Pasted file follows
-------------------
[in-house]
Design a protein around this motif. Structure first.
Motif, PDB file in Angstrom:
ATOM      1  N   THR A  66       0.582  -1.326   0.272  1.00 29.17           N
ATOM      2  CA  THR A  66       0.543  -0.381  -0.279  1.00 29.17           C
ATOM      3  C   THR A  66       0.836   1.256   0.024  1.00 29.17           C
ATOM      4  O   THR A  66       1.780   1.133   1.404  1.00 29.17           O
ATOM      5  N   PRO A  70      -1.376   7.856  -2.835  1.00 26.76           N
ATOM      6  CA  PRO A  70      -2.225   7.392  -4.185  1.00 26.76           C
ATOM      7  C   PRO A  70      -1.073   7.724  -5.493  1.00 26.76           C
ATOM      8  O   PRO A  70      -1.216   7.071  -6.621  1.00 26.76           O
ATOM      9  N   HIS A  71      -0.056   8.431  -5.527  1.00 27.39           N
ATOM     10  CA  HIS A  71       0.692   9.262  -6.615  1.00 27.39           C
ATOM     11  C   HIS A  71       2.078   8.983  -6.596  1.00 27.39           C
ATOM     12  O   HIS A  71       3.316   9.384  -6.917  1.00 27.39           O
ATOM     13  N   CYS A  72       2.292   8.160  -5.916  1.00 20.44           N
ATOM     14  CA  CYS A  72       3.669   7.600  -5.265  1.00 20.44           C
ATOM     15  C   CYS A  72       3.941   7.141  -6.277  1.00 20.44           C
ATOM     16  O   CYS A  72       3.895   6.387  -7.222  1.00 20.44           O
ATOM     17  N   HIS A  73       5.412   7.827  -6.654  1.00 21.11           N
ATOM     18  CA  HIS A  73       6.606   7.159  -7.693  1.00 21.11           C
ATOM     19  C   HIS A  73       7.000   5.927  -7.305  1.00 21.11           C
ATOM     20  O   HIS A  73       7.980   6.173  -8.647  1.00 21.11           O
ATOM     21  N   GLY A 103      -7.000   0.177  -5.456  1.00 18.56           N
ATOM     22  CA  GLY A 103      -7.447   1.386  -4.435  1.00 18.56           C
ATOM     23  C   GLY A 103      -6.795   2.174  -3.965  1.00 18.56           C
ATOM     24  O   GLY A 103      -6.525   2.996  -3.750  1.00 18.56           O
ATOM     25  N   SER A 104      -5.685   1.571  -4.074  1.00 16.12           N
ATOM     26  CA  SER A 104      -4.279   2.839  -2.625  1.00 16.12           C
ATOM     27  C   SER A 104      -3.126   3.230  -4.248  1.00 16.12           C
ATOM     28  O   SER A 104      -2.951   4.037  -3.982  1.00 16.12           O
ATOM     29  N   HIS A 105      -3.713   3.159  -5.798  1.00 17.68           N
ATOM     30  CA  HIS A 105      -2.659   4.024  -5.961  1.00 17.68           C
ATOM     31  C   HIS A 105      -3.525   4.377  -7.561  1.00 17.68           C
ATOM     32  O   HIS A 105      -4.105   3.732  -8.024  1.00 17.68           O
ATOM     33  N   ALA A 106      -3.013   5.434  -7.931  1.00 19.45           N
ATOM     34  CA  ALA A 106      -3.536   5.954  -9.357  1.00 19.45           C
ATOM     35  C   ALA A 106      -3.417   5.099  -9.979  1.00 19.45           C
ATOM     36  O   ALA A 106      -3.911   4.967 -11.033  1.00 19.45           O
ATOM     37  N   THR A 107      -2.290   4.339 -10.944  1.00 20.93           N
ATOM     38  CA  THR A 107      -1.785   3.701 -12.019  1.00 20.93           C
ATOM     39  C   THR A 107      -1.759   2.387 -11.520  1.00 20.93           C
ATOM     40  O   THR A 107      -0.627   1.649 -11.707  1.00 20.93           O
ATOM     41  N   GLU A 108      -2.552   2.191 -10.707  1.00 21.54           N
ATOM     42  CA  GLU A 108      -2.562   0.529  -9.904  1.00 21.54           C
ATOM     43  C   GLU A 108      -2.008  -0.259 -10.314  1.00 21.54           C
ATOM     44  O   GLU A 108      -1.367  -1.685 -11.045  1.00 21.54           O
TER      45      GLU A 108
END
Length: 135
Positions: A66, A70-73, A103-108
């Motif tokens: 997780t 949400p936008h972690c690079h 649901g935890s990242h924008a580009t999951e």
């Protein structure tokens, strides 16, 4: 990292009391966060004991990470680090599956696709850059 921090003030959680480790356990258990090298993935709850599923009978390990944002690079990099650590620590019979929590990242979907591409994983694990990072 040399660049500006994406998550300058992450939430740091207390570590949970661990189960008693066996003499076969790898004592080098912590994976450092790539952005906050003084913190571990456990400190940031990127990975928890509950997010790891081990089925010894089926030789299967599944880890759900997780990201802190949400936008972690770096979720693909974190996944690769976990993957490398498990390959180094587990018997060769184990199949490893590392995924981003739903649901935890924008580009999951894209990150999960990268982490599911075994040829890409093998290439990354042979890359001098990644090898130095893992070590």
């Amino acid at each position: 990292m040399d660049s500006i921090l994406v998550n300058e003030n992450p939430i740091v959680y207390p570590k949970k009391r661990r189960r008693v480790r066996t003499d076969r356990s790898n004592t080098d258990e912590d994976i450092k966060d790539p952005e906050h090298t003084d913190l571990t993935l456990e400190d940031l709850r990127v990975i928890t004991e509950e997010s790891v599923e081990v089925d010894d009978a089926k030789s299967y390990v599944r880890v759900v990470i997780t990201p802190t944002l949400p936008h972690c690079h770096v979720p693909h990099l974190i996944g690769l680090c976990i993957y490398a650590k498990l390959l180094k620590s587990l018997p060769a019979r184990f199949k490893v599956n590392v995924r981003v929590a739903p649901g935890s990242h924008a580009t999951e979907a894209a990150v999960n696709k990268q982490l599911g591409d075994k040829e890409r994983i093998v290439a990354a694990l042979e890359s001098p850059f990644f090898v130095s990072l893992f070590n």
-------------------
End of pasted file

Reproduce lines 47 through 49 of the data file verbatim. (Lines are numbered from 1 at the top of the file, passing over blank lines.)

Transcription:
ATOM     44  O   GLU A 108      -1.367  -1.685 -11.045  1.00 21.54           O
TER      45      GLU A 108
END